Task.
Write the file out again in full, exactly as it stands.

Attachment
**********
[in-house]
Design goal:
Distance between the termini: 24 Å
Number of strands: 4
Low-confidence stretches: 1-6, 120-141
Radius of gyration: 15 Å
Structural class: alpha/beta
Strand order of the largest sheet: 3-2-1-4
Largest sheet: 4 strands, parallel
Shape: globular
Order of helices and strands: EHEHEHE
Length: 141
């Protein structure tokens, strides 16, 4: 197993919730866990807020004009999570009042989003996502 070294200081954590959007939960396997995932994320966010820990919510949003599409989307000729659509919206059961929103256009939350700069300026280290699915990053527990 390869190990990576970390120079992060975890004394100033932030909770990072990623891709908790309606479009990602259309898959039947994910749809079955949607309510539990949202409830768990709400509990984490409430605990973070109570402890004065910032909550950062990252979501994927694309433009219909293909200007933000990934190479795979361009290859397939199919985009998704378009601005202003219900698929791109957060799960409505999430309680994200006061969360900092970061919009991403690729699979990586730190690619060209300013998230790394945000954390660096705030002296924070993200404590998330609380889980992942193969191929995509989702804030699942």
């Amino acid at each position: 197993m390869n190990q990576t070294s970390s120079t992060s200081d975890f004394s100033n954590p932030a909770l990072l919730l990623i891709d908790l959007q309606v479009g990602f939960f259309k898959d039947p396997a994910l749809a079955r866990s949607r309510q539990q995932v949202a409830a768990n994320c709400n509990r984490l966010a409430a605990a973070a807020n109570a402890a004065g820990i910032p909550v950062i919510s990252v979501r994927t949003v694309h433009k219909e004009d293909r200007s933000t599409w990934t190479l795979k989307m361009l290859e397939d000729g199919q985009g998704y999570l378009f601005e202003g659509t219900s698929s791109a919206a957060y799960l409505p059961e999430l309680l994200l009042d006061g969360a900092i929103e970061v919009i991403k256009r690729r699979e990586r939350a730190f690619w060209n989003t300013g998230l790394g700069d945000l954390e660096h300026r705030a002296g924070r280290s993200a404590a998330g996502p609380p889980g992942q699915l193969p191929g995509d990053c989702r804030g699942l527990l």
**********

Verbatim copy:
[in-house]
Design goal:
Distance between the termini: 24 Å
Number of strands: 4
Low-confidence stretches: 1-6, 120-141
Radius of gyration: 15 Å
Structural class: alpha/beta
Strand order of the largest sheet: 3-2-1-4
Largest sheet: 4 strands, parallel
Shape: globular
Order of helices and strands: EHEHEHE
Length: 141
């Protein structure tokens, strides 16, 4: 197993919730866990807020004009999570009042989003996502 070294200081954590959007939960396997995932994320966010820990919510949003599409989307000729659509919206059961929103256009939350700069300026280290699915990053527990 390869190990990576970390120079992060975890004394100033932030909770990072990623891709908790309606479009990602259309898959039947994910749809079955949607309510539990949202409830768990709400509990984490409430605990973070109570402890004065910032909550950062990252979501994927694309433009219909293909200007933000990934190479795979361009290859397939199919985009998704378009601005202003219900698929791109957060799960409505999430309680994200006061969360900092970061919009991403690729699979990586730190690619060209300013998230790394945000954390660096705030002296924070993200404590998330609380889980992942193969191929995509989702804030699942």
């Amino acid at each position: 197993m390869n190990q990576t070294s970390s120079t992060s200081d975890f004394s100033n954590p932030a909770l990072l919730l990623i891709d908790l959007q309606v479009g990602f939960f259309k898959d039947p396997a994910l749809a079955r866990s949607r309510q539990q995932v949202a409830a768990n994320c709400n509990r984490l966010a409430a605990a973070a807020n109570a402890a004065g820990i910032p909550v950062i919510s990252v979501r994927t949003v694309h433009k219909e004009d293909r200007s933000t599409w990934t190479l795979k989307m361009l290859e397939d000729g199919q985009g998704y999570l378009f601005e202003g659509t219900s698929s791109a919206a957060y799960l409505p059961e999430l309680l994200l009042d006061g969360a900092i929103e970061v919009i991403k256009r690729r699979e990586r939350a730190f690619w060209n989003t300013g998230l790394g700069d945000l954390e660096h300026r705030a002296g924070r280290s993200a404590a998330g996502p609380p889980g992942q699915l193969p191929g995509d990053c989702r804030g699942l527990l």